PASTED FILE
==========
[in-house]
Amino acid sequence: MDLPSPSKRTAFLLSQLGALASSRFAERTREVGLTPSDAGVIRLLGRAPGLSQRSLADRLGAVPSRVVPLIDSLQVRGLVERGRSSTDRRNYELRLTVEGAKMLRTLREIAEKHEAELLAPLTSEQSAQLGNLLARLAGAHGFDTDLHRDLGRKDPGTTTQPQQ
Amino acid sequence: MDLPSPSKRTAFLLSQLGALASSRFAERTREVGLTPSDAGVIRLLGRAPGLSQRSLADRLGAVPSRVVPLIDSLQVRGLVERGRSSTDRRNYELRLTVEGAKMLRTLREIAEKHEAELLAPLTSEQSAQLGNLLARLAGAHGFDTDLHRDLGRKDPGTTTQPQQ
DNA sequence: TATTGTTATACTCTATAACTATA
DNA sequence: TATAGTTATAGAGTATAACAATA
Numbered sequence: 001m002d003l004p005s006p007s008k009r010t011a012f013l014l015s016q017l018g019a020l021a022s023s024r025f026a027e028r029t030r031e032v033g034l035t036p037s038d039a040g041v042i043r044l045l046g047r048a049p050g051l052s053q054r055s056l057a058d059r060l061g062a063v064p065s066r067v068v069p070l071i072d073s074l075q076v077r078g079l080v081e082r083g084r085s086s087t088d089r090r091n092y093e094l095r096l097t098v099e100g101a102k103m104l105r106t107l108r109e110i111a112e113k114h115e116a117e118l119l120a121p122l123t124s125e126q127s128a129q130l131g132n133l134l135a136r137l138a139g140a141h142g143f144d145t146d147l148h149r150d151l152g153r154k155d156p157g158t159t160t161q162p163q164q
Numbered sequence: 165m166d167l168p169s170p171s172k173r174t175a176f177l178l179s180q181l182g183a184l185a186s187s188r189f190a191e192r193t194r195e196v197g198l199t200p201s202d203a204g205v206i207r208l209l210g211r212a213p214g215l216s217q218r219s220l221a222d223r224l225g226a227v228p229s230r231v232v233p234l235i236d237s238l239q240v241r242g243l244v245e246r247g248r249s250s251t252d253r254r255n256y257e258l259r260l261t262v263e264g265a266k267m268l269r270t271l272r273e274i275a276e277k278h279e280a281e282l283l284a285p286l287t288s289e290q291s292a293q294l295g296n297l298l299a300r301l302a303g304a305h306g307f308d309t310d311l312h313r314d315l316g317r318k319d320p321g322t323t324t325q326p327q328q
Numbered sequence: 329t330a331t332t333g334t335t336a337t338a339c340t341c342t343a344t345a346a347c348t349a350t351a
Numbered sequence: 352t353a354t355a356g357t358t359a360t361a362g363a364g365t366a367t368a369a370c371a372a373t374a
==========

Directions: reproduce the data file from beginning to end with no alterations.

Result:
[in-house]
Amino acid sequence: MDLPSPSKRTAFLLSQLGALASSRFAERTREVGLTPSDAGVIRLLGRAPGLSQRSLADRLGAVPSRVVPLIDSLQVRGLVERGRSSTDRRNYELRLTVEGAKMLRTLREIAEKHEAELLAPLTSEQSAQLGNLLARLAGAHGFDTDLHRDLGRKDPGTTTQPQQ
Amino acid sequence: MDLPSPSKRTAFLLSQLGALASSRFAERTREVGLTPSDAGVIRLLGRAPGLSQRSLADRLGAVPSRVVPLIDSLQVRGLVERGRSSTDRRNYELRLTVEGAKMLRTLREIAEKHEAELLAPLTSEQSAQLGNLLARLAGAHGFDTDLHRDLGRKDPGTTTQPQQ
DNA sequence: TATTGTTATACTCTATAACTATA
DNA sequence: TATAGTTATAGAGTATAACAATA
Numbered sequence: 001m002d003l004p005s006p007s008k009r010t011a012f013l014l015s016q017l018g019a020l021a022s023s024r025f026a027e028r029t030r031e032v033g034l035t036p037s038d039a040g041v042i043r044l045l046g047r048a049p050g051l052s053q054r055s056l057a058d059r060l061g062a063v064p065s066r067v068v069p070l071i072d073s074l075q076v077r078g079l080v081e082r083g084r085s086s087t088d089r090r091n092y093e094l095r096l097t098v099e100g101a102k103m104l105r106t107l108r109e110i111a112e113k114h115e116a117e118l119l120a121p122l123t124s125e126q127s128a129q130l131g132n133l134l135a136r137l138a139g140a141h142g143f144d145t146d147l148h149r150d151l152g153r154k155d156p157g158t159t160t161q162p163q164q
Numbered sequence: 165m166d167l168p169s170p171s172k173r174t175a176f177l178l179s180q181l182g183a184l185a186s187s188r189f190a191e192r193t194r195e196v197g198l199t200p201s202d203a204g205v206i207r208l209l210g211r212a213p214g215l216s217q218r219s220l221a222d223r224l225g226a227v228p229s230r231v232v233p234l235i236d237s238l239q240v241r242g243l244v245e246r247g248r249s250s251t252d253r254r255n256y257e258l259r260l261t262v263e264g265a266k267m268l269r270t271l272r273e274i275a276e277k278h279e280a281e282l283l284a285p286l287t288s289e290q291s292a293q294l295g296n297l298l299a300r301l302a303g304a305h306g307f308d309t310d311l312h313r314d315l316g317r318k319d320p321g322t323t324t325q326p327q328q
Numbered sequence: 329t330a331t332t333g334t335t336a337t338a339c340t341c342t343a344t345a346a347c348t349a350t351a
Numbered sequence: 352t353a354t355a356g357t358t359a360t361a362g363a364g365t366a367t368a369a370c371a372a373t374a